With the 8 psi of intercooled boost you can expect a 55- to 60-percent increase in baseline N/A horsepower. Let's say you build a production LT4 with no upgrades. This type of gain would give you 510-530 SAE crankshaft horsepower. Since you're building this up from scratch, we don't see the N/A power at 330 hp. No, the centrifugal superchargers don't give you that instant full boost torque rise at slower engine speeds, but they do help keep the tires hooked up and allow you to put that power gain to the ground. Check with ProCharger at 913.338.2886 for exact specs you need to put your blower kit together.
Sorry we couldn't help with your quest for a Maggie-style blower. You had already found that it was going to be tough. But if you have the tools and skills, Magnuson has the parts. Good luck with your huffer project!
Swirl Tune Port
Q I purchased a new 12568758 GM crate engine. What can I do for a street-performance cam and heads? It has a Tune Port injection setup with the computer. It thinks it is a '92 Z/28 Camaro. Should I swap out the heads and cam, or just the cam? Any help would be greatly appreciated.
A The GM crate engine you've listed is a replacement engine for 1987-95 Chevy and GMC trucks with VIN code K. This is the replacement engine up to 7,200 GVW. It's a solid short-block with a cast crank, powdered metal rods, dished hypereutectic pistons, 9.25:1 compression, and a high-volume oil pump. The short is rounded out with a hydraulic flat-tappet camshaft that specs out at a teeny 166/175 degrees duration at 0.050 inch tappet lift, 0.382/0.402 inch max lift and is ground on 112 centers. The best thing about this short-block is that it's machined for production hydraulic roller tappets if you wish to upgrade.
Now, this is where it goes a little downhill. These engines are equipped with "high swirl" cylinder heads. What creates the high swirl is a ramp that is casted into the roof of the exhaust side of the inlet port bowl. Essentially, it blocks off half the bowl, which kills the airflow potential. It gives you serious mixture motion, which boosts slow-speed torque, but kills the top end. These heads, with the really short cam and your TPI injection setup, probably give you enough torque to boil the rear hides! However, when the tach hits around 3,800-4,000 rpm, the fun is all over. Let's pick a couple of parts that will work well with your TPI injection.
First, let's look for some affordable aluminum cylinder heads with 58cc combustion chambers. With the dish pistons, thin head gaskets, and the small chambers, we can get you close to 9.8:1. After searching around we've even found a great choice for your little TPI runner using the TFS Super 23 175 aluminum cylinder heads. These heads were developed for small-bore small-block engines with a 56cc combustion chambers and 175cc inlet runners. This will put your squeeze right at the 10:1 point. These heads have TFS's "Fast As Cast" technology on its intake runners, which give you a cast-ported head. They feature 1.90/1.50-inch valves and come fully dressed with stainless valves, and 1.250-inch valvesprings that accept up to 0.480 inch max lift. They are topped with steel retainers and locks, and screw-in 3/8-inch rocker studs and guideplates. The fully dressed cylinder heads are sold under PN TFS-30310001 and you can pick up a set from Summit Racing. Install these heads using factory GM head gaskets PN 10105117, which come in at a very thin 0.028 inch.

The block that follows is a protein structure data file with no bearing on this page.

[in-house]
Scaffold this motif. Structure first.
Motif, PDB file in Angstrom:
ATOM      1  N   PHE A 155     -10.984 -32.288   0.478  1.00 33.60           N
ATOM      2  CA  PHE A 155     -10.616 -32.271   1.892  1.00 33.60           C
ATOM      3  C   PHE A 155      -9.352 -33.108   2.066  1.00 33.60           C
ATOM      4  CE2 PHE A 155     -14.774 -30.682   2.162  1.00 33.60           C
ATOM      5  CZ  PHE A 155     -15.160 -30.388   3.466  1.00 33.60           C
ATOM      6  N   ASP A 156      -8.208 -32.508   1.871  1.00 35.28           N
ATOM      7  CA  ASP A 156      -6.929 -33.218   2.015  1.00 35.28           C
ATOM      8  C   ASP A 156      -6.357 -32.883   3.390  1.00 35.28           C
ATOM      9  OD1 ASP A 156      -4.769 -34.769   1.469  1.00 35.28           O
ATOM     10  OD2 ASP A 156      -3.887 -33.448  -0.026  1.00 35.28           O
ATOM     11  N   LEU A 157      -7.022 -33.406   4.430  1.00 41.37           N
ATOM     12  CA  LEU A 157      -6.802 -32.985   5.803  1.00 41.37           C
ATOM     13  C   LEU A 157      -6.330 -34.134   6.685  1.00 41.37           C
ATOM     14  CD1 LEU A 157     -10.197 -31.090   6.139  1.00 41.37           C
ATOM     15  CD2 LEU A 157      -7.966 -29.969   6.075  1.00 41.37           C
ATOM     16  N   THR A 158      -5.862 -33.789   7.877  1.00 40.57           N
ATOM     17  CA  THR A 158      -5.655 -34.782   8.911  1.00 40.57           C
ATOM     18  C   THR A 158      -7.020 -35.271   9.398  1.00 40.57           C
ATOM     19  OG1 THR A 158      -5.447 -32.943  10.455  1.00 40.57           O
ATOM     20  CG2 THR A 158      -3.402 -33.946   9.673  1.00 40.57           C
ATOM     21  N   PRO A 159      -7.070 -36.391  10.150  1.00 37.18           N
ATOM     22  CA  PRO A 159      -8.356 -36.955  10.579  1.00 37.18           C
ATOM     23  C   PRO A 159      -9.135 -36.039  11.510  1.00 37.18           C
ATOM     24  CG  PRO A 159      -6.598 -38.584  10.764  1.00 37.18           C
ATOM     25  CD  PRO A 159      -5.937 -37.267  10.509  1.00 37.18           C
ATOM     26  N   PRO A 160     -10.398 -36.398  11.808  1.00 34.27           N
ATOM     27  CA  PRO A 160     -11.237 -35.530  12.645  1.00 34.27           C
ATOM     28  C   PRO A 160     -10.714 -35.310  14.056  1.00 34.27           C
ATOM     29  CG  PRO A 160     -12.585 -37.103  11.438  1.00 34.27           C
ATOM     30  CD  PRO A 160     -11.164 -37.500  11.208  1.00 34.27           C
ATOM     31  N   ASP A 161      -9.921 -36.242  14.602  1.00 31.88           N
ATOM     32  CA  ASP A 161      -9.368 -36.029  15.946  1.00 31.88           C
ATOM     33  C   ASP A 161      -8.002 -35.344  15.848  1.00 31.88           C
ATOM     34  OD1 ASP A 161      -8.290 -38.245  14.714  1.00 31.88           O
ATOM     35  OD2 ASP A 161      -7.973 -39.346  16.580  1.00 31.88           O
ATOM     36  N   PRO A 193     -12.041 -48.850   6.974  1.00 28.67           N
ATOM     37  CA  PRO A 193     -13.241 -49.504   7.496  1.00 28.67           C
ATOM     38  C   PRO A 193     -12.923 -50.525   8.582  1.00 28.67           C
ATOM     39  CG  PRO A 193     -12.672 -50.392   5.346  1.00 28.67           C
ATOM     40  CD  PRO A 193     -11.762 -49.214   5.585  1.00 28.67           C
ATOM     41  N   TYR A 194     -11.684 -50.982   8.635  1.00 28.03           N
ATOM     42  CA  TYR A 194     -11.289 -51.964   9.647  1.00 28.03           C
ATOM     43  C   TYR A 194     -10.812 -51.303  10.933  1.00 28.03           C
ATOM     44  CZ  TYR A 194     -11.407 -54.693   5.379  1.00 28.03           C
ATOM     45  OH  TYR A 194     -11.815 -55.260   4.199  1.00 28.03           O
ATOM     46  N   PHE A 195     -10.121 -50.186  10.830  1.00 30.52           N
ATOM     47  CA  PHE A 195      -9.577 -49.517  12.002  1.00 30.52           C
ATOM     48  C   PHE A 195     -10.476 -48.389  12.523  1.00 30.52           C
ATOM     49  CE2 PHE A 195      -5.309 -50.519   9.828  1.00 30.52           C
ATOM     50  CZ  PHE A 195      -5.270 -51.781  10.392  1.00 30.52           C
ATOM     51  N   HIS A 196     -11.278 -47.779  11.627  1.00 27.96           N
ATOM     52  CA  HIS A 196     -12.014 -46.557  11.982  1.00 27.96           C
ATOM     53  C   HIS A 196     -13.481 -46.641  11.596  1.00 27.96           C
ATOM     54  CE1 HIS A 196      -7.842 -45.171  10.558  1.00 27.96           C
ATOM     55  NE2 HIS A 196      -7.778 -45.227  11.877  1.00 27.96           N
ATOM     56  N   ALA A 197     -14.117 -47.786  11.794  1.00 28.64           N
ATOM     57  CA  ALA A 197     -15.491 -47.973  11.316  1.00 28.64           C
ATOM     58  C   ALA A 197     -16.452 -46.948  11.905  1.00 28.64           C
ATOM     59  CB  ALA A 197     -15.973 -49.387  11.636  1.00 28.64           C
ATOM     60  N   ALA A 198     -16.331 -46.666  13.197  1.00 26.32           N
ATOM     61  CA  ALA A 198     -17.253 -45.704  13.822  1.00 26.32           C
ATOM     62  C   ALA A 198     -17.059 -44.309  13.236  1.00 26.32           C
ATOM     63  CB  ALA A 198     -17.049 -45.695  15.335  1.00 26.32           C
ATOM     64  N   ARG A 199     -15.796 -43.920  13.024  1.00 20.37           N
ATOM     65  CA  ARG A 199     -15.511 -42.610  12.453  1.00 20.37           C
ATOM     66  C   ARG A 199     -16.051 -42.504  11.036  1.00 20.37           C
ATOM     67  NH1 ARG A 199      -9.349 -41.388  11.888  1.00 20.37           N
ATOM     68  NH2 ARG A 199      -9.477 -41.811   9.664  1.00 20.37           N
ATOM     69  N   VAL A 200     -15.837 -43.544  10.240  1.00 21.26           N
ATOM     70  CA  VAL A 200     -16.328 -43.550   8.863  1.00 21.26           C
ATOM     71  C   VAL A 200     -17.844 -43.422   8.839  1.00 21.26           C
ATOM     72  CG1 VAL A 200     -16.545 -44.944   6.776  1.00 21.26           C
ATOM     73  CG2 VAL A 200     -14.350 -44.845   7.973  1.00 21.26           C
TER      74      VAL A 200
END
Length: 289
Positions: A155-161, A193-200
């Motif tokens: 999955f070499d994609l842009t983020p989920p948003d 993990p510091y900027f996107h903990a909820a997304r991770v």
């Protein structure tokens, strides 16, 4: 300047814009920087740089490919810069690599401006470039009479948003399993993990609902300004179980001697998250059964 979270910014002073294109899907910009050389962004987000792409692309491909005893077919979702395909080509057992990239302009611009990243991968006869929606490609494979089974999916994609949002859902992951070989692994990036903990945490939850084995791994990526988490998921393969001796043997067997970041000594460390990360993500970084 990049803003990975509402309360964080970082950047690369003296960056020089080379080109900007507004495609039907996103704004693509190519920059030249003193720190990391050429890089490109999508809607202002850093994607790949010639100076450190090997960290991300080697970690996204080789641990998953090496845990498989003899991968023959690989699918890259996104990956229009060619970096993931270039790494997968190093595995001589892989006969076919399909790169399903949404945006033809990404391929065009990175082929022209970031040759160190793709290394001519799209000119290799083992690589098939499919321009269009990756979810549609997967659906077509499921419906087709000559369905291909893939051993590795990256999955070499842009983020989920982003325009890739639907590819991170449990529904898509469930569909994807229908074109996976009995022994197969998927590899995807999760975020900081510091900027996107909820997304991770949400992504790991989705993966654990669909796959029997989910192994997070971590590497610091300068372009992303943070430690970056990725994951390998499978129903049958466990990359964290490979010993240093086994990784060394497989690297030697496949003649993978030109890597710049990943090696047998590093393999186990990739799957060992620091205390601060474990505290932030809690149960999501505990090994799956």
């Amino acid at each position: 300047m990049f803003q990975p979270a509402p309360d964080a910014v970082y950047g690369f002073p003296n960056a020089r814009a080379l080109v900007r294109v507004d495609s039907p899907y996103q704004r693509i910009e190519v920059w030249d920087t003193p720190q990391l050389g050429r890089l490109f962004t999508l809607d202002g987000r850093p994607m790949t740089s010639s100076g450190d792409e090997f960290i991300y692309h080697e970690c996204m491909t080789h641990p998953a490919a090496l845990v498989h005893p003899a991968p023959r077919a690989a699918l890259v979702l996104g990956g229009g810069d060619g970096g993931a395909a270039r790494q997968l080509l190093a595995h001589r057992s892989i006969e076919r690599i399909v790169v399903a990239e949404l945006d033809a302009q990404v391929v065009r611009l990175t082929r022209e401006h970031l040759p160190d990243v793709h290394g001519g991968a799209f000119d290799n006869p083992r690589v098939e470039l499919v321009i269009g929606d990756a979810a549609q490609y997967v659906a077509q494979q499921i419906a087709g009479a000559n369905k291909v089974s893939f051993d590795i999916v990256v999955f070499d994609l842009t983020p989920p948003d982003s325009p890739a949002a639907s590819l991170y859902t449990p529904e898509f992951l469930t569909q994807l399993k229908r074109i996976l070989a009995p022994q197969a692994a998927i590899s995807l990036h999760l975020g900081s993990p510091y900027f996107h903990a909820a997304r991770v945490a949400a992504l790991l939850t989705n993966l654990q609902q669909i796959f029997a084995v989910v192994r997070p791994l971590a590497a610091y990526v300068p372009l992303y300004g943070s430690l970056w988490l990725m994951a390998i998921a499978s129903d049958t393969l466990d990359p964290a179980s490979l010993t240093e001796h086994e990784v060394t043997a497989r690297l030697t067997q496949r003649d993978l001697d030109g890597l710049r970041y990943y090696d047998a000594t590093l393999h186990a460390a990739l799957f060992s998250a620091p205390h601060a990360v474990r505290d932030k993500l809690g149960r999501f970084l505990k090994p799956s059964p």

Next, because your crate engine is equipped with iron swirl-port cylinder heads, and you state that you've got a (1992) Camaro TPI system, we're going to assume the center manifold bolts are at the skewed angle of 72 degrees. Only the factory Corvette engines with the aluminum L-98 cylinder heads had the standard 90-degree-to-inlet-surface bolthole angle. You will need to either pick up a Corvette TPI base, or you could go with an Edelbrock High Flo baseplate PN 3861. This base is designed to be used with '85-and-earlier small-block and aftermarket cylinder heads. One benefit of going with the Edelbrock base is that you've taken the largest restriction out of the TPI system by upgrading the base. Then you have the option of going with aftermarket runners in the future for a staged build-up.
Finally, you need a suitable camshaft that stays within the bounds that the TPI system sets, and would give you strong power to the mid-5,000 rpm range and outstand torque. The largest camshaft we would try to run in a TPI application would be the Comp Cams Xtreme 4X4. These camshafts have a very broad torque curve with a decent idle. Check out the grind number X4254H, which specs out at 210/218 degrees duration at 0.050 inch tappet lift, 0.447/0.462 inch max lift, and is ground on 111 separation angle installed at 107 degrees intake centerline. This camshaft will complement the cylinder head flow specs of the Trick Flow Super 23s, and the lift of this camshaft will work perfectly with the 1.250-inch performance valvesprings on the cylinder heads.
These upgrades will completely change the personality of your crate engine. You'll lose some of the very slow speed torque you currently have, but when the tach hits 2,800 rpm, hang on! It's going to hit you with a surge of torque that will keep you in your seat well in to the 5,000 rpm range. Enjoy your upgrades.
Keep On Bumping
Q In the November 2013 issue there was a question, "What Was That Bump?" The reader had a van what wouldn't shift out of First gear. I once had an old (about 1970) Jeep Wagoneer with a TH350 transmission that sat in the yard all winter because it would not shift out of First until about 55 mph. Through a friend, I found out that the problem was a stuck kickdown switch located under the accelerator. After spraying some lube and working the plunger in and out a few times, it worked just fine.
A. Thanks for the quick tech tip.